Congratulations to TC's first cohort of PEAR Fellows!
Selena Cardona is pursuing a PhD in education at Teachers College in the Sociology and Education program. Prior to receiving the PEAR Fellowship, she served as a staff assistant in the New York City office of U.S. Senator Charles E. Schumer and worked as a research consultant for the Postsecondary National Policy Institute (PNPI) in Washington, DC. At PNPI, she was also a 2019 Summer Scholar. In addition to this, she has taught English abroad on a Fulbright English Teaching Assistantship in Bogotá, Colombia. Her research interests include inequities in college access, financial aid policy, workforce development, and the evolving role of the community college.
Cardona is a graduate of New York City public schools, where she was a 2013 recipient of the Gates Millennium Scholarship. Cardona holds an AB in sociology from Cornell University and an MA in education policy from Teachers College. As a master’s student, she specialized in data analysis and research methods and higher education policy.
Reggie Gilliard is a PhD candidate in Teachers College’s Economics and Education program. His research interests include dual enrollment, alternative school models, and program evaluation.
Prior to accepting the PEAR fellowship, Gilliard was a research analyst at the Research Alliance for New York City Schools. While there, he worked closely with New York City’s community-based organizations and the NYC Department of Education. Gilliard taught for two years before joining the Research Alliance.
Gilliard holds a bachelor’s degree in economics and an MSEd in education policy, both from the University of Pennsylvania.
Melissa Herman is a first-year PhD student in the education policy program at Teachers College. She conducts qualitative and quantitative research on the college transition and persistence of New York City public school students. Most recently, she was the director of Graduate NYC, a college access and completion initiative housed at the City University of New York. In this role, she led Graduate NYC’s flagship project, the College Completion Innovation Fund, a collaborative fund supporting innovation in college persistence and higher education.
Prior to joining Graduate NYC, Herman was the associate director for partnership support at PENCIL, overseeing a team of partnership managers and developing the organization’s college and career readiness programming. During her tenure at PENCIL, she worked extensively within the New York City public school system on strategic partnership development, as well as college readiness and project-based learning programming for students. Prior to PENCIL, Herman worked at the International Organization For Adolescents within their youth development initiative.
A native New Yorker, Herman holds a bachelor of arts in psychology and history from the University of Pennsylvania and a master of public administration from New York University.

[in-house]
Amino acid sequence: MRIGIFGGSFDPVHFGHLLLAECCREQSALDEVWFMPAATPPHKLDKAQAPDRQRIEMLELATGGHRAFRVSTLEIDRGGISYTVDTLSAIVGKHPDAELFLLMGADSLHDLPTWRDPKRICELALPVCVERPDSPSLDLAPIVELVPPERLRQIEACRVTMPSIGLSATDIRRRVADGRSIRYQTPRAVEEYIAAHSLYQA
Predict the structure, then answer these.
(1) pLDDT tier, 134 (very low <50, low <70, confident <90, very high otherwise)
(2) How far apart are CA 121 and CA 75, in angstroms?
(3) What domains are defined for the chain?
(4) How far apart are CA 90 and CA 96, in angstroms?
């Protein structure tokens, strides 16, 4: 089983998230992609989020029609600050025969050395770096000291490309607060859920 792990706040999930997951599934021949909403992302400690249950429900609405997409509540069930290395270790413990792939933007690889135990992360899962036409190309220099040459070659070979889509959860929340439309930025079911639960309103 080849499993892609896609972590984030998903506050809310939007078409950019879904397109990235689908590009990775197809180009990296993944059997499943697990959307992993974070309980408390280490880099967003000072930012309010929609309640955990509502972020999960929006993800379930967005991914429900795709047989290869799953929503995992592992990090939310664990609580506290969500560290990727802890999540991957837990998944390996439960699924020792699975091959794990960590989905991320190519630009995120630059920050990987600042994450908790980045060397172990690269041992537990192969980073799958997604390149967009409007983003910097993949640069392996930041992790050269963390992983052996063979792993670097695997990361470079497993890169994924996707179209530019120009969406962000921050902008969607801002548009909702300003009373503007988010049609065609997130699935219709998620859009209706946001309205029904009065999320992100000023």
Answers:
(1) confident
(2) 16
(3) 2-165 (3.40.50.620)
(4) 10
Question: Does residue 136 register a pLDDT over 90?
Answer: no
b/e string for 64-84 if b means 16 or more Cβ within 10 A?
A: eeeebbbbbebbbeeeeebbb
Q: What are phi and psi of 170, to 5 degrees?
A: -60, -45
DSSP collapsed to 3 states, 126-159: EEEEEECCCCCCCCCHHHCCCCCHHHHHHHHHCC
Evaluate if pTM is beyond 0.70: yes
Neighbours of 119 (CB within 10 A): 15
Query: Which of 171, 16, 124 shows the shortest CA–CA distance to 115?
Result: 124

CJ Libassi is a PhD student in economics and education at Teachers College and a senior research assistant at the Community College Research Center, where he focuses on college access and financial aid.
Prior to joining CCRC, Libassi worked in research and policy at the College Board, the Center for American Progress, and the University of Michigan’s Education Policy Initiative. Before that, he taught English in a secondary school in Madrid as a Fulbright English Teaching Assistant and foreign language in Prince George's County Public Schools as a Teach For America corps member.
Libassi holds a BA in English, Spanish, and philosophy from the University of Scranton, a master of arts in teaching from American University, and a master of public policy from the University of Michigan.
Taylor Myers is a PhD student in the education policy program at Teachers College and a senior research assistant on the guided pathways team at the Community College Research Center. She studies the impacts of attending and completing college on the lives of students and their families, particularly among first-generation and returning college students.
Before joining CCRC, Myers was an analyst at the education think tank California Competes, where she supported the development of statewide higher education policy recommendations and analyzed the effects of previous interventions on special student populations in regions across the state. Earlier, Myers was a research assistant at the University of California, Berkeley, and served as a graduate instructor in the School of Public Policy and the Sociology Department at Cal.
Myers holds a bachelor’s degree from the University of Florida in community health education and a master’s degree in public policy from UC Berkeley.
Astrid Pineda conducts quantitative research on the intersection between education and economic opportunity, with a focus on causal analysis. Before coming to Teachers College, Pineda worked as a research fellow at the Interamerican Development Bank (IDB), assessing the impact of the IDB’s work in Mexico, Argentina, and Haiti. Prior to that, she worked with the Abdul Latif Jameel Poverty Action Lab (J-PAL) on impact evaluations of education interventions in the Dominican Republic.
Pineda is a student in the Economics and Education PhD program at Teachers College. She holds an MPA/ID from the Harvard Kennedy School and a BA in economics from Pontificia Universidad Católica Madre y Maestra in the Dominican Republic.